The documents are available at http://

College Presidents Call for Immigration Reform

On March 5, 2013, the presidents of Cornell University, Arizona State University, and Miami Dade College released an open letter asking for the support of fellow U.S. university and college presidents in seeking immigration reform.

"Our ability to educate and our ability to innovate are frustrated by US immigration law," the letter said, "particularly in the innovation-rich fields of Science, Technology, Engineering, and Math (STEM)." The letter estimated that by 2018 the United States would have only 550,000 workers to fill approximately 780,000 jobs requiring advanced STEM degrees.

The presidents announced their schools would host events on April 19 to raise awareness of the issue, and encouraged colleagues to hold events on their campus as well.

The letter was signed by David J. Skorton of Cornell, Michael M. Crow of Arizona State, and Eduardo J. Padrón of Miami Dade College.

USCIS Issues New Form I-9

On March 8, 2013, U.S. Citizenship and Immigration Services issued a new version of Form I-9, Employment Eligibility Verification. The new form is two pages instead of one. The first page contains data fields related to the employee, including new fields for a phone number, e-mail address, and foreign passport number. The second page includes fields to be completed by the employer. USCIS also issued revised instructions to accompany the new form. All employers must use the new form beginning May 7, 2013. The form and instructions are reprinted at Appendix A. The Federal Register notice is summarized in this issue's Government Documents section and is reprinted at Appendix B. In conjunction with the revised form, USCIS also updated the Handbook for Employers (M-274). The handbook is available at > Working in the United StatesInformation for Employers & Employees > Employer Information > Related Links > M-274, Handbook for Employers (rev. 01/05/11). Please note that while the link references the 01/05/11 version of the Handbook, it does link to the 03/08/2013 version, and presumably USCIS will correct the inaccurate reference shortly.

Provisional Waivers Begin; New Policy Memo on RFEs 

Pursuant to the final rule published at 77 Fed. Reg. 536 (Jan. 3, 2013), the provisional waiver process started up on March 4, 2013. New Form I-601A became publicly available on that date at > FORMS >I-601A. The new process is intended to shorten the time U.S. citizens are separated from their immediate relatives while those family members are obtaining visas to become lawful permanent residents of the United States.  Note that there is a USCIS web page dedicated to this process, located at > Family > Family of U.S. Citizens > Provisional Waiver.

The new provisional unlawful presence waiver process makes no change to the immigrant visa process. The applicant family member is still required to depart the United States for the immigrant visa interview with a U.S. consular officer abroad. If a provisional unlawful presence waiver is approved, it will take effect only after the applicant appears for the immigrant visa interview and a DOS consular officer determines that he or she is otherwise admissible to the United States and eligible to receive an immigrant visa. If the applicant fails to appear at the scheduled interview, DOS may cancel the process. If the applicant is in removal proceedings, he or she is ineligible for a provisional unlawful presence waiver unless, at the time of filing the Form I-601A, the proceedings are administratively closed and have not been put back on the EOIR calendar for continuance. In the event that the applicant ends up in removal proceedings, USCIS will follow current Department of Homeland Security and USCIS Notice to Appear guidance governing initiation of removal proceedings. See PM-602-0050, Revised Guidance for the Referral of Cases and Issuance of Notices to Appear (NTAs) in Cases Involving Inadmissible and Removable Aliens (Nov. 7, 2011), available at > LAWS > Policy Memoranda > November 2011, and 16 Bender's Immigr. Bull. 1857 (App. F) (Dec. 1, 2011).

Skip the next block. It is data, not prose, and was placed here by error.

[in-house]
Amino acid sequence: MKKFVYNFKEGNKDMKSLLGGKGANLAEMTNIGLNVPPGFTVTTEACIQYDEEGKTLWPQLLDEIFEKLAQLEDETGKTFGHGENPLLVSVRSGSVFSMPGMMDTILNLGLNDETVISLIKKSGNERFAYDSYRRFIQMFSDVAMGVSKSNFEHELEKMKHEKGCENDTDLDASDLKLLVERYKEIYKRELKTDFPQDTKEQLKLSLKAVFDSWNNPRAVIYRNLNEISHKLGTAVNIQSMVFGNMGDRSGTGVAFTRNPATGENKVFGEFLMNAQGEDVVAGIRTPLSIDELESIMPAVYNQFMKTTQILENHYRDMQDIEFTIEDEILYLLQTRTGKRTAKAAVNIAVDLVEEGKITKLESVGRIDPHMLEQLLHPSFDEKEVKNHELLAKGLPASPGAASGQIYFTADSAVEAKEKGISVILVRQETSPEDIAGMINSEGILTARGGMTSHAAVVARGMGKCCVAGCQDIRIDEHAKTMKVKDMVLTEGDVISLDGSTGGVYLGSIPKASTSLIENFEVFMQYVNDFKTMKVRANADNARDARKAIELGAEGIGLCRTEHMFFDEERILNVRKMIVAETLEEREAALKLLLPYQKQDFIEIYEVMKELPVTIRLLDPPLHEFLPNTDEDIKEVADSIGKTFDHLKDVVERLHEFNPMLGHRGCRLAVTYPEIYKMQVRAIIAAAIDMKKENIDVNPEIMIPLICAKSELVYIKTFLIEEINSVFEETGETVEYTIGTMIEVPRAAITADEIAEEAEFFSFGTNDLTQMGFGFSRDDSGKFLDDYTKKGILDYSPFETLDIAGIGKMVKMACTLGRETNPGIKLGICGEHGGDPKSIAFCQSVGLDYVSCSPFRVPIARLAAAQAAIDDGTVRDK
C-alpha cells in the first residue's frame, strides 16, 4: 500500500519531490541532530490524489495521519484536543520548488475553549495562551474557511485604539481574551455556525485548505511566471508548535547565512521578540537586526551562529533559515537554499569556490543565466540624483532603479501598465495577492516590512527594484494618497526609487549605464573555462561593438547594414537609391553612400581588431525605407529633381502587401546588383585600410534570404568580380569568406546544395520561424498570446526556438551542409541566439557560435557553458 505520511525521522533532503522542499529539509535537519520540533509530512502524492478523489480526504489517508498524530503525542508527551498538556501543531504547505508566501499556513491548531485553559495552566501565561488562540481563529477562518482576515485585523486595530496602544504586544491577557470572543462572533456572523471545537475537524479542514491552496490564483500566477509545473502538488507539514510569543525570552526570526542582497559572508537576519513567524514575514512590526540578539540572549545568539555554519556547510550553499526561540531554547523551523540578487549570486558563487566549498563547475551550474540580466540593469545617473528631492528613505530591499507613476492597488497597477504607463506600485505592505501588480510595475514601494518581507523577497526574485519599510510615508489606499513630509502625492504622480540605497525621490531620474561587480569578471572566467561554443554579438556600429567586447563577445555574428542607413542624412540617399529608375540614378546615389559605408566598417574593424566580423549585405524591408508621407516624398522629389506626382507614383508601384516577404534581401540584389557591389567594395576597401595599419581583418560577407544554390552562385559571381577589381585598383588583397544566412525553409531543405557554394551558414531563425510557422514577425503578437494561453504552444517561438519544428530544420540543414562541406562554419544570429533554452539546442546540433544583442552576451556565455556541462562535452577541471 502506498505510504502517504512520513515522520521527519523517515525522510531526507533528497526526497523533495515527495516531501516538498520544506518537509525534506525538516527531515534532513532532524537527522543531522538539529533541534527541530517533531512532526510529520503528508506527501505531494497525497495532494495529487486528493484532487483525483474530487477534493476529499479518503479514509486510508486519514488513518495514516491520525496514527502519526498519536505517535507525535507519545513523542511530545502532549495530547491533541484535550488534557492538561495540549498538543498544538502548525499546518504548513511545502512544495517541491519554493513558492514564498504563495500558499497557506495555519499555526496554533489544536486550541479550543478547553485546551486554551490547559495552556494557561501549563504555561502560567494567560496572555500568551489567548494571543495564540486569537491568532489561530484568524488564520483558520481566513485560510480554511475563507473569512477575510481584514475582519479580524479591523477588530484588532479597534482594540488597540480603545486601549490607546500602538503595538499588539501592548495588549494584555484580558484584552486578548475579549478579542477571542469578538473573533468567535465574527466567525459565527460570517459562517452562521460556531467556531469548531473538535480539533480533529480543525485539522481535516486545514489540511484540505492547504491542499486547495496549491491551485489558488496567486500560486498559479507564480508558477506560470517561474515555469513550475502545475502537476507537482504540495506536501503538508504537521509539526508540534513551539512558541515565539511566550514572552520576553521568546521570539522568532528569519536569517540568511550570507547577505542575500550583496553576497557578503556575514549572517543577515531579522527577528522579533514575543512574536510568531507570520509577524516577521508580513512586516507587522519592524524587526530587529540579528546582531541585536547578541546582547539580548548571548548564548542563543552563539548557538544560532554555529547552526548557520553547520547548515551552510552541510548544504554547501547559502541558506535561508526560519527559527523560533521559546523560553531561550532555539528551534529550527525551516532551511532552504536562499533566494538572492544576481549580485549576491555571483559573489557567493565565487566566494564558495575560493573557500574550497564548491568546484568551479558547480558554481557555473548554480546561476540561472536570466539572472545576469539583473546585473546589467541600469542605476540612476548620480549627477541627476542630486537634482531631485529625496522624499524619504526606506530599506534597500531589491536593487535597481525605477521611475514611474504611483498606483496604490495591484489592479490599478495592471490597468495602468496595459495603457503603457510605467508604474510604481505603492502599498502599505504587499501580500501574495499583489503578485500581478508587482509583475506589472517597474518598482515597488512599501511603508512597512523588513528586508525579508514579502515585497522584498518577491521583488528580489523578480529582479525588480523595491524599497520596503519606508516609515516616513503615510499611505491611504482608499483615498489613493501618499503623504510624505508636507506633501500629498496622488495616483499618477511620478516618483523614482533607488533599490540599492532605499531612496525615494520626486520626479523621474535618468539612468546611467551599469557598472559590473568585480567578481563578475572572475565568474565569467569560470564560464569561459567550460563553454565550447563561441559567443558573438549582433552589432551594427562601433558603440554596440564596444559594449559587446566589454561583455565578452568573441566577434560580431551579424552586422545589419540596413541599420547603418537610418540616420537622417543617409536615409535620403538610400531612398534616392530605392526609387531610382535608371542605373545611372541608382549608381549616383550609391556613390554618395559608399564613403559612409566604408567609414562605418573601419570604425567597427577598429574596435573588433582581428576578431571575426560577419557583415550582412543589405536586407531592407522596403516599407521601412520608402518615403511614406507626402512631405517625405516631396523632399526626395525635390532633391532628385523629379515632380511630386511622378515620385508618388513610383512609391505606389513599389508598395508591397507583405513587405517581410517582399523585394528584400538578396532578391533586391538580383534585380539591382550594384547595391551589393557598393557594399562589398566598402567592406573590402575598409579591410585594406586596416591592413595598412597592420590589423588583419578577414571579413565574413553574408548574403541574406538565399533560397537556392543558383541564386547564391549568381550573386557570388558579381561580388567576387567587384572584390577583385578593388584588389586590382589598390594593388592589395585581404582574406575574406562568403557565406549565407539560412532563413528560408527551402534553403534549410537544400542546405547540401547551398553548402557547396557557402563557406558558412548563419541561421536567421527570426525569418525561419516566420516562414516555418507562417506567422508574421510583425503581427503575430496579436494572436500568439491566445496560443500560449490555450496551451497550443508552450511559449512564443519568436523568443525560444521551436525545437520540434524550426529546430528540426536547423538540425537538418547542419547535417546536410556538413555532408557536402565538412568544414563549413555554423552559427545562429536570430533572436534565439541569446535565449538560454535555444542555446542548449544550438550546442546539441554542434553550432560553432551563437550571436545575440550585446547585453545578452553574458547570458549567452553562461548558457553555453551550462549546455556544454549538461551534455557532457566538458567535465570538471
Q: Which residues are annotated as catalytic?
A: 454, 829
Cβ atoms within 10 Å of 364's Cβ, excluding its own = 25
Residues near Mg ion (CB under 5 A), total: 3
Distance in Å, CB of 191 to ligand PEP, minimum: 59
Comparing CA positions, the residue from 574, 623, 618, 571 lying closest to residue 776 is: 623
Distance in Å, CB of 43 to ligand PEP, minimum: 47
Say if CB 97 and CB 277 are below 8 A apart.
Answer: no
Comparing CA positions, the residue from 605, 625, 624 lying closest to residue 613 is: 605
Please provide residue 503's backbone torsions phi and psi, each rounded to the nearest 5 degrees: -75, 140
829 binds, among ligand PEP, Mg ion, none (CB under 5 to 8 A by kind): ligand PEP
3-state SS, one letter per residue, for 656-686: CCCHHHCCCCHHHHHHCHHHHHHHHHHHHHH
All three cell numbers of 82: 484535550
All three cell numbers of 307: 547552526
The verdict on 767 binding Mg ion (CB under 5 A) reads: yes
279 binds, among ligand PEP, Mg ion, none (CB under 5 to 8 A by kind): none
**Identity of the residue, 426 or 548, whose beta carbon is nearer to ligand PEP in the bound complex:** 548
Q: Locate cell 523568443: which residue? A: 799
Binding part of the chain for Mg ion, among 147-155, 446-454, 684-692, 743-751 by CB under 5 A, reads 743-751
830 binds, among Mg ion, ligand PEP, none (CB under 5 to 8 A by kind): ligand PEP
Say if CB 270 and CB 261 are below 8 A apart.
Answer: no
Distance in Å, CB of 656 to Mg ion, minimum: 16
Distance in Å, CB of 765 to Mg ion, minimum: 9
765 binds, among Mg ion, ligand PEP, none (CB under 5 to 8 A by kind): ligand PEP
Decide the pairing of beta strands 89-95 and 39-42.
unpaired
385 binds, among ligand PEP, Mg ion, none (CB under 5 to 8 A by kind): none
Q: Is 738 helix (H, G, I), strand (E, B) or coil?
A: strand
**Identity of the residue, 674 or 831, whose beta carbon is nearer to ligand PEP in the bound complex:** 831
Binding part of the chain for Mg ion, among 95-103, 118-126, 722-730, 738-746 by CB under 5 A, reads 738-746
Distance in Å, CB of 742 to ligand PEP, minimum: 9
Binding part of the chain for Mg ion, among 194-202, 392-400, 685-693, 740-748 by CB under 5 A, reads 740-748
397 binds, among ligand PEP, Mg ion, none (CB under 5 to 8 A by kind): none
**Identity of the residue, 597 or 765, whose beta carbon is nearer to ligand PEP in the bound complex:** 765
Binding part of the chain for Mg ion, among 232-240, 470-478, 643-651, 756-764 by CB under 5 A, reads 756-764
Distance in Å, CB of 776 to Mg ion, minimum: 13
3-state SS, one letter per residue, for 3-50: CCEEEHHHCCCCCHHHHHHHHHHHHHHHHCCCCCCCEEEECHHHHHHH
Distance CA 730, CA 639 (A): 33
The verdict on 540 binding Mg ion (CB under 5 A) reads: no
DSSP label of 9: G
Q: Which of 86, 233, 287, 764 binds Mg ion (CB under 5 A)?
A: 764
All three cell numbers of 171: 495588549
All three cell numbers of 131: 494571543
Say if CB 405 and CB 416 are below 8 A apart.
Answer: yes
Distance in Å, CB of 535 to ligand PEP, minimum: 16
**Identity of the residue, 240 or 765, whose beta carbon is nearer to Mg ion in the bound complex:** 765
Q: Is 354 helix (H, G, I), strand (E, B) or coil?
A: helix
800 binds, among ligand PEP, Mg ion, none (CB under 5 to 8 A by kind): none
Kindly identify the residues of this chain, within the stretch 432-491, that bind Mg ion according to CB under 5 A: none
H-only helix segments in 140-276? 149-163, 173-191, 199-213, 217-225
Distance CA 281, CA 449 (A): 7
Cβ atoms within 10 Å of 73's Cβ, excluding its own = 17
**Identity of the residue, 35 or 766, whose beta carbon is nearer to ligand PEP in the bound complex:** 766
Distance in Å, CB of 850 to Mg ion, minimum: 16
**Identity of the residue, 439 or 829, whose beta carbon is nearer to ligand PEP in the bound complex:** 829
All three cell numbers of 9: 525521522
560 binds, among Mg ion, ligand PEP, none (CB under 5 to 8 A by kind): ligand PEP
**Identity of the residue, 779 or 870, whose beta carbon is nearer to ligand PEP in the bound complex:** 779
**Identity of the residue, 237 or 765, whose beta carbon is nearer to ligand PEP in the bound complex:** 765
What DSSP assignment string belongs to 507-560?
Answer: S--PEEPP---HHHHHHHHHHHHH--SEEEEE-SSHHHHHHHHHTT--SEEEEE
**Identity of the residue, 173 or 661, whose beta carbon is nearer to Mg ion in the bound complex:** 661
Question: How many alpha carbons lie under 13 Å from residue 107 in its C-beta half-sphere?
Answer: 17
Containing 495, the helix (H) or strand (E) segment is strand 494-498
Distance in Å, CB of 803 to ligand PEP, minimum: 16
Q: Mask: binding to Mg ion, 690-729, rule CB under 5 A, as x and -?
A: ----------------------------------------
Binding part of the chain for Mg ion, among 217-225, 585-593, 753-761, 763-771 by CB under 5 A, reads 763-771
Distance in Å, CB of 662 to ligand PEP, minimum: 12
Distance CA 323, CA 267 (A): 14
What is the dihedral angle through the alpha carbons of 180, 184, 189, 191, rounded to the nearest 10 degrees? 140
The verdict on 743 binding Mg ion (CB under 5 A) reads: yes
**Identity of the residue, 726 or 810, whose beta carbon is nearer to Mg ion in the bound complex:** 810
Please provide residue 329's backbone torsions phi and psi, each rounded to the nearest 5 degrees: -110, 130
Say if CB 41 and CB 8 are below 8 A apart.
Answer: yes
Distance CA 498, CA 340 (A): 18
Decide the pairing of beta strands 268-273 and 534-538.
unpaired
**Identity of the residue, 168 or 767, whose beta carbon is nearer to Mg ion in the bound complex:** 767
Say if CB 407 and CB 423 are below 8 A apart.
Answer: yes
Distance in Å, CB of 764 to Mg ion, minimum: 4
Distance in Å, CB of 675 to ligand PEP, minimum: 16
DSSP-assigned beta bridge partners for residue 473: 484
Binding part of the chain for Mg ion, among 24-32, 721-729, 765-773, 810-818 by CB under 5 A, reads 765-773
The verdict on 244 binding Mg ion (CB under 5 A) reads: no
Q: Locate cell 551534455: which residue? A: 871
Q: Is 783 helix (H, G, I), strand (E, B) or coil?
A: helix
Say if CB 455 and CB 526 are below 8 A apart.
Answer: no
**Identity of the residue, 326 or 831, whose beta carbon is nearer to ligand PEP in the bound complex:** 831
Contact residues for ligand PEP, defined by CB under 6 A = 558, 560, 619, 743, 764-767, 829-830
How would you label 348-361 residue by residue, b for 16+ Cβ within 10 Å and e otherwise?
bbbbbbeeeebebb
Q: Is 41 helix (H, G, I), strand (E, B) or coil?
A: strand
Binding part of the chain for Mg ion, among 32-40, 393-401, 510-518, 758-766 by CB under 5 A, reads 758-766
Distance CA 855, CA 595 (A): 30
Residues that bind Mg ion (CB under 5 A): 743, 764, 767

On March 1, USCIS issued a policy memorandum, PM-602-0081, Standard Timeframe for Applicants to Respond to Requests for Evidence Issued in Relation to a Request for a Provisional Unlawful Presence Waiver, Form I-601A. The memorandum sets thirty days as the amount of time USCIS officers may allow an applicant to respond to an RFE issued in relation to Form I-601A. It also amends previous interim RFE guidance by assigning a specific timeframe to RFEs issued during the Form I-601A adjudication. This memorandum is summarized in this issue's Government Documents and reprinted as Appendix C.

New Deputy Chief Immigration Judge

The Executive Office for Immigration Review announced in early March the appointment of Edward F. Kelly as the agency's second Deputy Chief Immigration Judge. Judge Kelly will oversee all programs in the Office of the Chief Immigration Judge, including the legal and language services and the chief clerk and executive officer. Judge Kelly, who had served as an Assistant Chief Immigration Judge since March 2011, will replace former DCIJ Michael C. McGoings, who became a member of the Senior Executive Service. Judge Kelly's appointment became effective March 10, 2013.

New IJs

In March, the EOIR announced the investiture of Craig A. Harlow and Sunita B. Mahtabfar as immigration judges. Judge Harlow most recently served as an assistant chief counsel for U.S. Immigration and Customs Enforcement in Dallas. Judge Mahtabfar most recently served as an attorney for U.S. Customs and Border Protection in El Paso. Judge Harlow will serve in the Pearsall Immigration Court, and Judge Mahtabhar will serve in the El Paso Service Processing Center.

Poverty Guidelines 

Form I-912P, HHS Poverty Guidelines for Fee Waiver Request, has been updated for 2013. These guidelines remain in effect from February 15, 2013, until new guidelines are issued in 2014. Form I-864P has not yet been updated.

 Bender's Immigration Bulletin

[This is an excerpt from the April 1, 2013, issue of Bender's Immigration Bulletin.] 

Subscribe to Bender's Immigration Bulletin at the LexisNexis Store.

For more information about LexisNexis products and solutions, connect with us through our corporate site